Cadillac’s disappointing stab at electrified luxury transportation might fizzle out and die after a brief stint on the market.
In roughly four months, Chevrolet is expected to reveal the next-generation Volt slated to go on sale for the 2016 model year. The relatively successful range-extended electric car will transition to its own platform rather than the current application of GM’s Delta II architecture currently underpinning it and the Cadillac ELR. General Motors’ top brass has yet to decide whether or not the plan will include a successor to the ELR.
The switchover of the H plant to produce the next-generation Volt may also make continuation of the ELR impossible.
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During an interview in Monterey, Calif., Cadillac chief engineer Dave Leone said it is too early to say whether or not the ELR will see a second generation, acknowledging its low sales volume.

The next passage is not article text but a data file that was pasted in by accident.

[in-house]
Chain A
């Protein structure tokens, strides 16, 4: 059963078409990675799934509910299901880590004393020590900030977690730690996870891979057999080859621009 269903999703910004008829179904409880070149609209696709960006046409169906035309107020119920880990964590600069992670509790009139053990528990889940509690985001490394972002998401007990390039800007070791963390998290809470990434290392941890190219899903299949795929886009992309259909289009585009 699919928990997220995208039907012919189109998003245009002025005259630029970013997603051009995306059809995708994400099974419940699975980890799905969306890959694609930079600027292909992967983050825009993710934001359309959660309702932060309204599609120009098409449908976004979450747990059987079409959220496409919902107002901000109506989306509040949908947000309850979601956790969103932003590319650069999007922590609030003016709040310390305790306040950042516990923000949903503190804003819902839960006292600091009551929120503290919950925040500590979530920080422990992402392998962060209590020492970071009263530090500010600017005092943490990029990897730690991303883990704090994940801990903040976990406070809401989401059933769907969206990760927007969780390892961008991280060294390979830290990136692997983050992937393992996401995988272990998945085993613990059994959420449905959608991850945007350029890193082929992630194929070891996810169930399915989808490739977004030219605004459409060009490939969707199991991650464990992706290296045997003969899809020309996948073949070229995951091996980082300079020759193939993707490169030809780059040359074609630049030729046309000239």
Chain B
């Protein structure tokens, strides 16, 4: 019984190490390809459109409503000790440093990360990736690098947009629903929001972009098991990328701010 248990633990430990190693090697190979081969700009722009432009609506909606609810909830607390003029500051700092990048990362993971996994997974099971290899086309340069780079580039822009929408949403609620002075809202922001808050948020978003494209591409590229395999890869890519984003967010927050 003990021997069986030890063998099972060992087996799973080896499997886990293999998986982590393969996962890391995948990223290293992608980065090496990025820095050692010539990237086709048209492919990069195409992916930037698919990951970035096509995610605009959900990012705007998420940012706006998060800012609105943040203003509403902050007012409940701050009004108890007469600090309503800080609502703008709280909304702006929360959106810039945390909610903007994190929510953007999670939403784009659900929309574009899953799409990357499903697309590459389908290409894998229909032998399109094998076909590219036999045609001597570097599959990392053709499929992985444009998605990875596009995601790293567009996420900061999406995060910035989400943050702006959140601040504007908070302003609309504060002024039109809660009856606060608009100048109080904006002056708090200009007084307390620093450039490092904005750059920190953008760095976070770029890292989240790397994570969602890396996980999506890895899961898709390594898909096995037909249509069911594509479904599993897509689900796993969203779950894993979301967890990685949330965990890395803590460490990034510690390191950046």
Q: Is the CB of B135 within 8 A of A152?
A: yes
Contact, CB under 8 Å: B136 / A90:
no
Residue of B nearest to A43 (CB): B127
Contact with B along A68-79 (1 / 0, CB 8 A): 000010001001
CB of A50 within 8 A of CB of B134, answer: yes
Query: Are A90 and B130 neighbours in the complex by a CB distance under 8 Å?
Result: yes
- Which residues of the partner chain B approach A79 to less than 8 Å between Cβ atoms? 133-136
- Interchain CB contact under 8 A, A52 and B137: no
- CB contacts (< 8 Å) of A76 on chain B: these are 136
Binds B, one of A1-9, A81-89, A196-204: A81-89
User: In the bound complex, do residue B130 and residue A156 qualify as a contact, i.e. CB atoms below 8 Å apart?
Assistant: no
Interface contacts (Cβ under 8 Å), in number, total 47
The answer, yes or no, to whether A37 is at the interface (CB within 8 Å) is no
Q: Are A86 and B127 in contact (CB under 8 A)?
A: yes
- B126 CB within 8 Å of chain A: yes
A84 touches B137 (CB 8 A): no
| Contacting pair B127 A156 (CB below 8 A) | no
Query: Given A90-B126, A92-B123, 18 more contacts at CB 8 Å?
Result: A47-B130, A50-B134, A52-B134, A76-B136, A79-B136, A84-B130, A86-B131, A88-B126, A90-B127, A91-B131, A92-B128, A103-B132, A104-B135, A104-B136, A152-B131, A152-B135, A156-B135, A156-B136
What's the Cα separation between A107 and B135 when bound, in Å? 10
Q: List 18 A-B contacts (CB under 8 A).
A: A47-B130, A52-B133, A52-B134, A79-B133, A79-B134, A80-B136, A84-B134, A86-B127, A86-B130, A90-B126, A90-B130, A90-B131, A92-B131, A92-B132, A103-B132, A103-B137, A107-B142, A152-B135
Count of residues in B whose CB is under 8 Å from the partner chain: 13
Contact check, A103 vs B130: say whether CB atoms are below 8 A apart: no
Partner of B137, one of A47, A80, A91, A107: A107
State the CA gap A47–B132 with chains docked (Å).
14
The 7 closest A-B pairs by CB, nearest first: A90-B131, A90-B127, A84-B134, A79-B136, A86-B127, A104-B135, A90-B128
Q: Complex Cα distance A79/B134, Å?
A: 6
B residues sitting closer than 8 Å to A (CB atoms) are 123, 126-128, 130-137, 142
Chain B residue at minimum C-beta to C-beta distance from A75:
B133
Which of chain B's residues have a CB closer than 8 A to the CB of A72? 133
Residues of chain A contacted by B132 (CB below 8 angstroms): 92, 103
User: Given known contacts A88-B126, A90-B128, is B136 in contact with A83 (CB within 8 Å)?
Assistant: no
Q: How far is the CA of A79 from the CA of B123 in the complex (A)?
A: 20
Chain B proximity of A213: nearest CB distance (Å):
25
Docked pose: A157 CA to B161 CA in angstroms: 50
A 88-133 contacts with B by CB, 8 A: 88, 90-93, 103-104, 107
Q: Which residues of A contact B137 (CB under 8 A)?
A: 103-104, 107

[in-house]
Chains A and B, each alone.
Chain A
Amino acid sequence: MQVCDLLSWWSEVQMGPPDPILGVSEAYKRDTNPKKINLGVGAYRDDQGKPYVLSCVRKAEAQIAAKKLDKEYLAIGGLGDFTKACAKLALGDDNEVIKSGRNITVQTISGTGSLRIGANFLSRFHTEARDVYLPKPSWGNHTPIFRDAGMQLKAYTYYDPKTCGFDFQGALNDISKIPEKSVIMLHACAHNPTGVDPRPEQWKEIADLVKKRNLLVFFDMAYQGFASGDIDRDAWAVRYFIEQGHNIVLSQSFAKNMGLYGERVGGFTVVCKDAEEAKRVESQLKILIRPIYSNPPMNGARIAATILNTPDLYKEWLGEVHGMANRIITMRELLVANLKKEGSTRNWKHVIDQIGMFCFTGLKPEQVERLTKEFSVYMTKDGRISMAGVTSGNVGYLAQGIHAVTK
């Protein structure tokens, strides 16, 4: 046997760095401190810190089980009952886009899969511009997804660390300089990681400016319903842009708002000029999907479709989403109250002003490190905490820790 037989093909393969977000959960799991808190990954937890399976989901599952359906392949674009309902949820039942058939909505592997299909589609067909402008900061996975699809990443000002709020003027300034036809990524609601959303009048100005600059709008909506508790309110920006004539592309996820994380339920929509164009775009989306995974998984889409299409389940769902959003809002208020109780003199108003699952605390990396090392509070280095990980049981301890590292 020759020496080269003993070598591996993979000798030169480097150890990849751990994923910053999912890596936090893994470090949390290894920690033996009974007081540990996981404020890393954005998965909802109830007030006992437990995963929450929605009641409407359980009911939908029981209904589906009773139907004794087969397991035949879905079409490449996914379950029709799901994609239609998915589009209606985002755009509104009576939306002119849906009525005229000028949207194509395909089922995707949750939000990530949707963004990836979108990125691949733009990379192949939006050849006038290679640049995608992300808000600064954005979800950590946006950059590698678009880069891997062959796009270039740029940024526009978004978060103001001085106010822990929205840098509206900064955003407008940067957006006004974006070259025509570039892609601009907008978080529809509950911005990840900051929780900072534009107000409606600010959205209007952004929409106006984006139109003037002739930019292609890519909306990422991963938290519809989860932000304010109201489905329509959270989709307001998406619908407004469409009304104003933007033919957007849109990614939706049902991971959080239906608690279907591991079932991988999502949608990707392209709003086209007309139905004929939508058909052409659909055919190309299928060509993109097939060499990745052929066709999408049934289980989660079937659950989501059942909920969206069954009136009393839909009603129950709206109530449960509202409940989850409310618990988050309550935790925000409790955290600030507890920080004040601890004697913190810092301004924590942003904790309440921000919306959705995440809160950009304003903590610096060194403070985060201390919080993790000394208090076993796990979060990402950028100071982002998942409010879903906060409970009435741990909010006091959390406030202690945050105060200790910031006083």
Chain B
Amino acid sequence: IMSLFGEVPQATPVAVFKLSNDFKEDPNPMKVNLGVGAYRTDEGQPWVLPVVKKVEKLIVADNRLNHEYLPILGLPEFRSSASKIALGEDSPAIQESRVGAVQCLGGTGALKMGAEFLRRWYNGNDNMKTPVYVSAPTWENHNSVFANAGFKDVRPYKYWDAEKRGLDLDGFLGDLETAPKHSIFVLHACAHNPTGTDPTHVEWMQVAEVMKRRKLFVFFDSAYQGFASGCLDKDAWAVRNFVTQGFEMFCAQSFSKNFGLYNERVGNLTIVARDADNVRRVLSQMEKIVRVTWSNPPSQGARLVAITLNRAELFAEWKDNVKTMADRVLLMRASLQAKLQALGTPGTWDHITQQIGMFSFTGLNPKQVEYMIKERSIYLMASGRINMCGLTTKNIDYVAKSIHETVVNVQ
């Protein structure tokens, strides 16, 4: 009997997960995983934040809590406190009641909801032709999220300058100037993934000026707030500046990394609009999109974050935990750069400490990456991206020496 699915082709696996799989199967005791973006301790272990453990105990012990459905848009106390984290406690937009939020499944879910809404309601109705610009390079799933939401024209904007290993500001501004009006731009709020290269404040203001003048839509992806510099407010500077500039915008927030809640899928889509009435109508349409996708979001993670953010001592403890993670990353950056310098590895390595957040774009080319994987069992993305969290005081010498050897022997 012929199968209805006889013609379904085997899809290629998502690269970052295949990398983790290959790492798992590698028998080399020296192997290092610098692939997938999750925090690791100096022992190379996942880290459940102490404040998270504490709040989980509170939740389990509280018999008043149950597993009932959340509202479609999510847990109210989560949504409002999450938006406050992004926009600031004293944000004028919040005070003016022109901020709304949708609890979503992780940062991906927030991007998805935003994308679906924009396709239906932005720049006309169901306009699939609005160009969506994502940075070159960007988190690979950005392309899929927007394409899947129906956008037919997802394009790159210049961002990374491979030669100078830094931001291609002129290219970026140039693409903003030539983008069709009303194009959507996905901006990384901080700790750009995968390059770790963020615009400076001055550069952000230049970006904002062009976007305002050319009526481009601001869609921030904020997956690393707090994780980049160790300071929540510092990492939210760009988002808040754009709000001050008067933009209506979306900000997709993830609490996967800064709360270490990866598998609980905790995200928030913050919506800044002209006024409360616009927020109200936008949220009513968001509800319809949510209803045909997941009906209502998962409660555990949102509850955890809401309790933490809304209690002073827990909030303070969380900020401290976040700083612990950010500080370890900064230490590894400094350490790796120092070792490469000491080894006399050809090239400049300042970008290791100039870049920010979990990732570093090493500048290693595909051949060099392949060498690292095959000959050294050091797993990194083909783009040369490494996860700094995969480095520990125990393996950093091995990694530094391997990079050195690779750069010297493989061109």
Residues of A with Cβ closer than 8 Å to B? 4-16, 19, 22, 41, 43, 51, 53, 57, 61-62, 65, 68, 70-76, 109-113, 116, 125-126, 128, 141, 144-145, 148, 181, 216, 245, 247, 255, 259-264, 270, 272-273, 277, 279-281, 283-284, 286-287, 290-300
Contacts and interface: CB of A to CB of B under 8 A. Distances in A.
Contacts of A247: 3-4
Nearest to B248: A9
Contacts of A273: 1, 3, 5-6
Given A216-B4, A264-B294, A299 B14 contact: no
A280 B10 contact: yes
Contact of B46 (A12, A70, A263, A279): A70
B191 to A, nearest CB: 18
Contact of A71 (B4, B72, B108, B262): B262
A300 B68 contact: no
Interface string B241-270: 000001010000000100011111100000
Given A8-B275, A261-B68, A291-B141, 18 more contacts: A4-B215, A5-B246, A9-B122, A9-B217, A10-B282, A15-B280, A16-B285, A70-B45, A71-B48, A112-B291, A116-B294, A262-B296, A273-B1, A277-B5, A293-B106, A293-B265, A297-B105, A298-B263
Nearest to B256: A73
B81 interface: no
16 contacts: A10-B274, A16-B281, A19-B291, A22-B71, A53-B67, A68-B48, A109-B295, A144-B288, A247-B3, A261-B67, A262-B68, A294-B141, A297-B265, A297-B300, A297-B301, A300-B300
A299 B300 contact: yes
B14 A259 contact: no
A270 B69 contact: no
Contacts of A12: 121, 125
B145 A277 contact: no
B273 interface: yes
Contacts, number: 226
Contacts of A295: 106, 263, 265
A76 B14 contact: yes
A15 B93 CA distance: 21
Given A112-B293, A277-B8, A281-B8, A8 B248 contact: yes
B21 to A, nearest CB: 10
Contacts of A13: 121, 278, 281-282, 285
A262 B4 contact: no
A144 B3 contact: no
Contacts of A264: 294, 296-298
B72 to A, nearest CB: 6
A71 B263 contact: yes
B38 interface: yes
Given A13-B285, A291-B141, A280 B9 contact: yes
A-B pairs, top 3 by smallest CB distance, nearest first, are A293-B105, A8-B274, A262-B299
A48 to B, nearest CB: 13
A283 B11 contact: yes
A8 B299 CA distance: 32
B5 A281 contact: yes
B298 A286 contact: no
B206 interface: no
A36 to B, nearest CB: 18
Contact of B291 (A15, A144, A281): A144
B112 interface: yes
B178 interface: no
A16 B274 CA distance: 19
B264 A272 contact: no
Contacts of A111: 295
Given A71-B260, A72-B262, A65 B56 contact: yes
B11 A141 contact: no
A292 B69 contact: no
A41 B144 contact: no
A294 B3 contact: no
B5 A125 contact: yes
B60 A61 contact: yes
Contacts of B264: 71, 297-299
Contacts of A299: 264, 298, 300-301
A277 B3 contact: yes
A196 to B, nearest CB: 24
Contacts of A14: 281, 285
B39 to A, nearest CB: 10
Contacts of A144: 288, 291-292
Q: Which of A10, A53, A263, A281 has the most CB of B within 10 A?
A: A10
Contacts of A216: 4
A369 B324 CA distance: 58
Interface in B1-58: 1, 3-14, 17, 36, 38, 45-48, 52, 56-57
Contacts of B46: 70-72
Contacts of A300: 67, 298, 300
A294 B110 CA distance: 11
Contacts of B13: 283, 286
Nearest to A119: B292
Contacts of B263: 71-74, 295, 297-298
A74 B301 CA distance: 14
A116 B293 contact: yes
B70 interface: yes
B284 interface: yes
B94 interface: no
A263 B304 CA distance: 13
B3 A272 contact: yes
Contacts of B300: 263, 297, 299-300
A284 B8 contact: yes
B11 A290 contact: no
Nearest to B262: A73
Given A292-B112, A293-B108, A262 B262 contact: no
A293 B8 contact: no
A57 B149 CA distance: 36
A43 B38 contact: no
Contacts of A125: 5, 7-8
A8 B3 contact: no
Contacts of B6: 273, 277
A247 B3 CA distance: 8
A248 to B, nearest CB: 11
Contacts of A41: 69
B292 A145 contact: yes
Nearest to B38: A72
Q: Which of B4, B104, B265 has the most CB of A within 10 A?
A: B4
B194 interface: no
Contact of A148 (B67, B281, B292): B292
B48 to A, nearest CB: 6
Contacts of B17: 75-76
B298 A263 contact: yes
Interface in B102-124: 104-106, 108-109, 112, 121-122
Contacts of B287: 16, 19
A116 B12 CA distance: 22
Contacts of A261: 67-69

“We’re in the business of making money,” Leone said.
Currently, the $75,995 luxury coupe is having a hard time fulfilling that requirement. The company has 1,400 copies of the car unsold, or a 194 day supply. Through July, only 578 had left dealer lots.
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“As time draws closer to switching to the new Volt platform, senior management will make a decision about the future of the product,” he said.
In June, a report surfaced saying that General Motors plans to cancel the Opel Ampra because of especially poor sales. Through the first five months, Opel reported selling 332 Amperas. The ELR, which began arriving at dealers last January, counted 293 sales through the same period. In May, Cadillac only sold 52 ELRs, although June and July both marked progressive improvements of 97 and 188 units respectively.
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